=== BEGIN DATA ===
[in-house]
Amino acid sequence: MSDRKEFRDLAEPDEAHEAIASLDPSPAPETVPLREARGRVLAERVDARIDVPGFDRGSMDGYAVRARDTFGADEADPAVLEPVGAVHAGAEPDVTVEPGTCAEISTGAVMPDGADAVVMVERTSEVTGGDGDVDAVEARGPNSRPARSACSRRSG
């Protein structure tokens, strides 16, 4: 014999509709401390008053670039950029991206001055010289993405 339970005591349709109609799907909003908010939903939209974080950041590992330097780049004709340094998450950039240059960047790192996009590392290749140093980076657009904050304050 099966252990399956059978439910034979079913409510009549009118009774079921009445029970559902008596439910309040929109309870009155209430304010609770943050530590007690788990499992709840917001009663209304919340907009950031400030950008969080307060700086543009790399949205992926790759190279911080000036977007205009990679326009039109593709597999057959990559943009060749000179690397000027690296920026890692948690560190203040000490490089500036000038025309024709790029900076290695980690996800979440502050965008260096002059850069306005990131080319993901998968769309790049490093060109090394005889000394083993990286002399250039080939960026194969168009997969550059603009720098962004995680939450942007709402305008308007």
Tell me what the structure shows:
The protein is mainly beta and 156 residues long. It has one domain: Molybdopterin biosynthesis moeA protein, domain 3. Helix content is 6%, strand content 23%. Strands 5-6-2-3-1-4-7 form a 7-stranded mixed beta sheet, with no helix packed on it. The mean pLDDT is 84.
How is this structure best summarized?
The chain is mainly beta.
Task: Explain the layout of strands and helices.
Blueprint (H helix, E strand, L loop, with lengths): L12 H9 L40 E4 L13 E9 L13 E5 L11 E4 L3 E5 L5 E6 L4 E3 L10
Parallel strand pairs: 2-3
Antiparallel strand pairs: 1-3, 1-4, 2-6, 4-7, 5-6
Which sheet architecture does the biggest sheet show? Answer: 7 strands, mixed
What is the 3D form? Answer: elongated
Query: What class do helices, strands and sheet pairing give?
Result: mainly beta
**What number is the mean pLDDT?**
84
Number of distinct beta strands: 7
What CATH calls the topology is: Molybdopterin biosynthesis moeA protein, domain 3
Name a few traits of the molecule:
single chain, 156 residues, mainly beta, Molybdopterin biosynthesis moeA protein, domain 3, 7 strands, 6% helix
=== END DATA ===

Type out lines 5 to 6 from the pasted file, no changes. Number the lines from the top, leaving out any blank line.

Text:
The protein is mainly beta and 156 residues long. It has one domain: Molybdopterin biosynthesis moeA protein, domain 3. Helix content is 6%, strand content 23%. Strands 5-6-2-3-1-4-7 form a 7-stranded mixed beta sheet, with no helix packed on it. The mean pLDDT is 84.
How is this structure best summarized?